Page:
Objectives of the News Media Law:

(a) To materialize News Media Industries which are offered freedom from censorship to express, publish, or distribute freely as part of rights and privileges granted to every citizen in compliance with regulations stated in the national constitution.
(b) To ensure that news media can stand up firmly as the Fourth Estate of our nation.
(c) To guarantee that news media workers are fully provided with their entitlements and freedom.
(d) To establish and develop responsibilities, ethics, rules and regulations, and practices to be adopted within relevant industries and organizations.(e) To make news accessible to every citizen.
(f) To ensure any complaints, arguments regarding publications or broadcasting of a certain media are settled and negotiated in a conciliatory manner.2

Article 7 of the law provides:

While a news media worker is trying to get news in compliance with regulations specified by relevant and responsible organizations, in the areas where wars break out, and where conflicts or riots and demonstrations take place, (a) he/she shall be exempt from being detained by a certain security related authority or his/her equipment being confiscated or destroyed and (b) he/she shall be entitled to ask for their safety and protective measures from the security related organizations.3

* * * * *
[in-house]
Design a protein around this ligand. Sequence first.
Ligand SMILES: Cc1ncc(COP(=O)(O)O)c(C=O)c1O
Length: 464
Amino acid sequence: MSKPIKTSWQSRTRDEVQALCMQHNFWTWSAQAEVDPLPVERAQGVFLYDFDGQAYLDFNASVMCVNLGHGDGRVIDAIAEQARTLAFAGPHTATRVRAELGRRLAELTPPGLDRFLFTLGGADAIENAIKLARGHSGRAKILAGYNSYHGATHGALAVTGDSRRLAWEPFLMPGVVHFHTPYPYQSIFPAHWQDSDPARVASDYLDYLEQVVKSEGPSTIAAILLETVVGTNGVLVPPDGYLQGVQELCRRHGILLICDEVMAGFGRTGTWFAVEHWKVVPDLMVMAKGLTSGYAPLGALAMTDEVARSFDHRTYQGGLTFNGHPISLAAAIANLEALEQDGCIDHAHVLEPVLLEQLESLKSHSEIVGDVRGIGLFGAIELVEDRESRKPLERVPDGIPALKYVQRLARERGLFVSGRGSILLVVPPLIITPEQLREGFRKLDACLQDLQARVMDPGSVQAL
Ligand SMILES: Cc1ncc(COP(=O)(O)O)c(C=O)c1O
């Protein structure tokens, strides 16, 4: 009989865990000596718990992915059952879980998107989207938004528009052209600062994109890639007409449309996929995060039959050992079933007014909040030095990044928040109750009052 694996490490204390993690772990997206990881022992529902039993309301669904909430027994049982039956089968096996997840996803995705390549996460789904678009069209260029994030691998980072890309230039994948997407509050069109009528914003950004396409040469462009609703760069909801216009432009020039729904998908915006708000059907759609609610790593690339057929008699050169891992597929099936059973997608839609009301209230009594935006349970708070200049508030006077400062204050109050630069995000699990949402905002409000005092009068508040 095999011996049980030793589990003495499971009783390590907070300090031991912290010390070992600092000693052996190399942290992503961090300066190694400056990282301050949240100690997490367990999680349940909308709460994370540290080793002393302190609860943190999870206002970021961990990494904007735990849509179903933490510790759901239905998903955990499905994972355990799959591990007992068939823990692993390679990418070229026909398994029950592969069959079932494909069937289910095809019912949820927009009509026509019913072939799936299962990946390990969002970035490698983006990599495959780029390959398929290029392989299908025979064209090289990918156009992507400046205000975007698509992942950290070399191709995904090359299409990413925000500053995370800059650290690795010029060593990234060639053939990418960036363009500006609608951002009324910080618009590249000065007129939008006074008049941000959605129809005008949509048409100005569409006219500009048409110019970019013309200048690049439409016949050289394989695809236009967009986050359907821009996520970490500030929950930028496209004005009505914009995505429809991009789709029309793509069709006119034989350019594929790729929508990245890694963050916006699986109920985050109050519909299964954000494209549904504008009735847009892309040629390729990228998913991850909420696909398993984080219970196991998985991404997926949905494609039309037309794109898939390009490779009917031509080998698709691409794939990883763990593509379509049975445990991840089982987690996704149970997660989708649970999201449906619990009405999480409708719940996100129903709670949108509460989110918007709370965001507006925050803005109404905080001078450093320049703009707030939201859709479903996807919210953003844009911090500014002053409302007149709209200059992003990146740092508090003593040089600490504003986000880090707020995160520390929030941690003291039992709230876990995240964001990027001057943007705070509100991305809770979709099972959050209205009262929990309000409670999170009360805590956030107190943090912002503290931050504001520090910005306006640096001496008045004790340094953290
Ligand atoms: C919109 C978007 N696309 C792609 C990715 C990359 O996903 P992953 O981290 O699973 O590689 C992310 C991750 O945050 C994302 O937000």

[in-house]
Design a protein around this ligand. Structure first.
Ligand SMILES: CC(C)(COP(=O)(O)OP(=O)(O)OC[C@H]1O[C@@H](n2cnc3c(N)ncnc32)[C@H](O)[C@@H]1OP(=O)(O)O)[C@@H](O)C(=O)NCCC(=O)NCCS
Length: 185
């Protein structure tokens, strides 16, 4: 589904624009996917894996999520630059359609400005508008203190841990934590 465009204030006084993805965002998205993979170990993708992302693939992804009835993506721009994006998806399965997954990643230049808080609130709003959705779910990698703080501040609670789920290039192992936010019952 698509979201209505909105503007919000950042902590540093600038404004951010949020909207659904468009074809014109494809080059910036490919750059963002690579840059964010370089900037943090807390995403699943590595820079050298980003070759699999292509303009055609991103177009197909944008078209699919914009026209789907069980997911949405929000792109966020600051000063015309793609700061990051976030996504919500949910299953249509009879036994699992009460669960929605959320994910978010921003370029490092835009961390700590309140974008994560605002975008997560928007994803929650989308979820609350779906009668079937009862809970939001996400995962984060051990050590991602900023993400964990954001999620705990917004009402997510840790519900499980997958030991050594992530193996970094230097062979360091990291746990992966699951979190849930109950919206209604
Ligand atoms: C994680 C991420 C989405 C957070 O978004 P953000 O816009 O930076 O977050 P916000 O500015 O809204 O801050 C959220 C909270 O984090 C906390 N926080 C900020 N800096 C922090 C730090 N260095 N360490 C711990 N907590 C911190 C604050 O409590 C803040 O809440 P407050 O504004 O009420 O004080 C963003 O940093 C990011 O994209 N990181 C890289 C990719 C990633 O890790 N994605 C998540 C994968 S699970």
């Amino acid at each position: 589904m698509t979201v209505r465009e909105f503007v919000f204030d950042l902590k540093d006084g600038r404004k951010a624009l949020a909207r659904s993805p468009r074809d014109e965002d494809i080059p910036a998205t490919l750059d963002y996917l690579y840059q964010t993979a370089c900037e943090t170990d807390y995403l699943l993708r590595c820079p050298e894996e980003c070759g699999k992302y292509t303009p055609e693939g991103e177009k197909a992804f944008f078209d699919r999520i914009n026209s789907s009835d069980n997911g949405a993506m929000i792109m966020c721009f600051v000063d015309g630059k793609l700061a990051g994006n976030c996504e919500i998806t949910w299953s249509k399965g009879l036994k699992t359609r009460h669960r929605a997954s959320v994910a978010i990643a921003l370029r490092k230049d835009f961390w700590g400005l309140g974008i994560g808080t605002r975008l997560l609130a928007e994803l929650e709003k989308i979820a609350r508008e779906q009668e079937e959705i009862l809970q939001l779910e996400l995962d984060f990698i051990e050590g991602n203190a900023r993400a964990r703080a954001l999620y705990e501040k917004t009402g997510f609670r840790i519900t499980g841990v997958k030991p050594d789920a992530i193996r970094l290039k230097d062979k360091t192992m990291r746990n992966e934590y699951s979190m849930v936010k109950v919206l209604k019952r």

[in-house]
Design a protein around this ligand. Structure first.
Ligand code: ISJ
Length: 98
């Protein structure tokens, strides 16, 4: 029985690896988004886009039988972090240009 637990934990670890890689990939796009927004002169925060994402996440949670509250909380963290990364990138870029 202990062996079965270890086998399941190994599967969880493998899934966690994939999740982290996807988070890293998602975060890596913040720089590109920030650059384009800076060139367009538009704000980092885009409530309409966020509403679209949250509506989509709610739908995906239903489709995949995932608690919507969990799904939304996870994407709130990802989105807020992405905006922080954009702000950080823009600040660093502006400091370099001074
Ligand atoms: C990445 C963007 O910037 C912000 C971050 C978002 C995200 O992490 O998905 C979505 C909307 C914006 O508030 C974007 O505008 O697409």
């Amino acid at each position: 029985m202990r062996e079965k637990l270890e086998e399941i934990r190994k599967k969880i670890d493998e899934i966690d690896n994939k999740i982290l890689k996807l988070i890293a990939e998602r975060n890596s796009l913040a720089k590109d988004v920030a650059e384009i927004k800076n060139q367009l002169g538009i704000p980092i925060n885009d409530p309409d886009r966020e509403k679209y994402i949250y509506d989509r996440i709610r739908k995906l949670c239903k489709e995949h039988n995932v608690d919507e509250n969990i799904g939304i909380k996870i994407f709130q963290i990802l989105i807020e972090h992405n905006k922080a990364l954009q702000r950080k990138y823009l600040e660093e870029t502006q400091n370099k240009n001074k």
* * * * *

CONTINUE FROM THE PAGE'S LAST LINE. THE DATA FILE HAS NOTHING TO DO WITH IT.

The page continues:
Other than these legal rights, articles 4-6 and 8-9 also ensure protection for journalists. However, the SAC ignores those legal protections. A legal specialist interviewed for this article remarked, “arresting and prosecuting journalists by applying only some laws and regulations, and ignoring the existing legal provisions protecting journalists, is a great blow to journalists, who are rendered vulnerable … they are unprotected in their time of need”.

Other Threats to Journalism and Livelihoods

There are other major challenges threatening journalism in Myanmar after the 2021 coup. Some of these include closures, financial challenges, restricted sources, and telecommunications blackouts and cuts. They are detailed below in this section.

Media Outlet Bans, Closures and Resurrections

Numerous media outlets discontinued official publication following the coup. This included Yangon-based agencies like 7 Day Media, with its daily newspaper, weekly periodical, and online video and news platforms; Myanmar Times’ daily newspaper, weekly periodical, and online news; and the Voice Daily’s newspaper, weekly journal and online news. Many regional outlets also closed, including the Magway Journal, Myitkyina Journal, the Monywa Gazette journal and its online news, the Kanbawza Times, Magway Post online, and the Tanintharyi Journal. The only privately-owned newspapers still publishing at the end of 2021 were Sandawchain (the Standard Time) and Daily Eleven. But even they halted their print circulations in the first months after the coup.